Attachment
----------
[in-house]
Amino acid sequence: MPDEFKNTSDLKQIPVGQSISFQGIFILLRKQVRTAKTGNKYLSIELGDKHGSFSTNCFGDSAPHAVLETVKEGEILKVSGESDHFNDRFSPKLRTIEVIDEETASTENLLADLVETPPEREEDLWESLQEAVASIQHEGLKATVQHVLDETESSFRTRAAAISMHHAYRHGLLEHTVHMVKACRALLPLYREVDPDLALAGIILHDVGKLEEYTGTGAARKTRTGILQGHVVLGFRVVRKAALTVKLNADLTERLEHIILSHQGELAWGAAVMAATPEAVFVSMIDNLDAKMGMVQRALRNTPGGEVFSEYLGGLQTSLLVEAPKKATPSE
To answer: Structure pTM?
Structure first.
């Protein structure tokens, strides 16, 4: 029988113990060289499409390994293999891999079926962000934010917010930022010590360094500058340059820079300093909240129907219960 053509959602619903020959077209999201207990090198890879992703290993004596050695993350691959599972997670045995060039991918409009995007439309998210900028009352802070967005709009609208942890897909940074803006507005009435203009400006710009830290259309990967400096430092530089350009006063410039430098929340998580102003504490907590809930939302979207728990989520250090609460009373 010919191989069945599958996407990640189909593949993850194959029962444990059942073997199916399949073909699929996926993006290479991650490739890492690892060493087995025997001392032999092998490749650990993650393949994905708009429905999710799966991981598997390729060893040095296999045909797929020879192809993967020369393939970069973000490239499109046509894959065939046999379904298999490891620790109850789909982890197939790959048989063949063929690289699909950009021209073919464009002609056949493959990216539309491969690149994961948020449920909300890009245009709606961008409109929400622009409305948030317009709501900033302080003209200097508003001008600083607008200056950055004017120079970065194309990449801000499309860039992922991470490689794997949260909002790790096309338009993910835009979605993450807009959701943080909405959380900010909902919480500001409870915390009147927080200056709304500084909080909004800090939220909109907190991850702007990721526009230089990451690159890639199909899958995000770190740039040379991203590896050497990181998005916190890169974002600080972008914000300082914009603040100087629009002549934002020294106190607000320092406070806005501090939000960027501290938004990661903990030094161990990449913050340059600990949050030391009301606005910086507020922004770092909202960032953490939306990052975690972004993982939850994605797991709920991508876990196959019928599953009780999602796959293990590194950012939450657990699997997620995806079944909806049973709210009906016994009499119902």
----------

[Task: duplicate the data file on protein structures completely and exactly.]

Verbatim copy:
[in-house]
Amino acid sequence: MPDEFKNTSDLKQIPVGQSISFQGIFILLRKQVRTAKTGNKYLSIELGDKHGSFSTNCFGDSAPHAVLETVKEGEILKVSGESDHFNDRFSPKLRTIEVIDEETASTENLLADLVETPPEREEDLWESLQEAVASIQHEGLKATVQHVLDETESSFRTRAAAISMHHAYRHGLLEHTVHMVKACRALLPLYREVDPDLALAGIILHDVGKLEEYTGTGAARKTRTGILQGHVVLGFRVVRKAALTVKLNADLTERLEHIILSHQGELAWGAAVMAATPEAVFVSMIDNLDAKMGMVQRALRNTPGGEVFSEYLGGLQTSLLVEAPKKATPSE
To answer: Structure pTM?
Structure first.
């Protein structure tokens, strides 16, 4: 029988113990060289499409390994293999891999079926962000934010917010930022010590360094500058340059820079300093909240129907219960 053509959602619903020959077209999201207990090198890879992703290993004596050695993350691959599972997670045995060039991918409009995007439309998210900028009352802070967005709009609208942890897909940074803006507005009435203009400006710009830290259309990967400096430092530089350009006063410039430098929340998580102003504490907590809930939302979207728990989520250090609460009373 010919191989069945599958996407990640189909593949993850194959029962444990059942073997199916399949073909699929996926993006290479991650490739890492690892060493087995025997001392032999092998490749650990993650393949994905708009429905999710799966991981598997390729060893040095296999045909797929020879192809993967020369393939970069973000490239499109046509894959065939046999379904298999490891620790109850789909982890197939790959048989063949063929690289699909950009021209073919464009002609056949493959990216539309491969690149994961948020449920909300890009245009709606961008409109929400622009409305948030317009709501900033302080003209200097508003001008600083607008200056950055004017120079970065194309990449801000499309860039992922991470490689794997949260909002790790096309338009993910835009979605993450807009959701943080909405959380900010909902919480500001409870915390009147927080200056709304500084909080909004800090939220909109907190991850702007990721526009230089990451690159890639199909899958995000770190740039040379991203590896050497990181998005916190890169974002600080972008914000300082914009603040100087629009002549934002020294106190607000320092406070806005501090939000960027501290938004990661903990030094161990990449913050340059600990949050030391009301606005910086507020922004770092909202960032953490939306990052975690972004993982939850994605797991709920991508876990196959019928599953009780999602796959293990590194950012939450657990699997997620995806079944909806049973709210009906016994009499119902």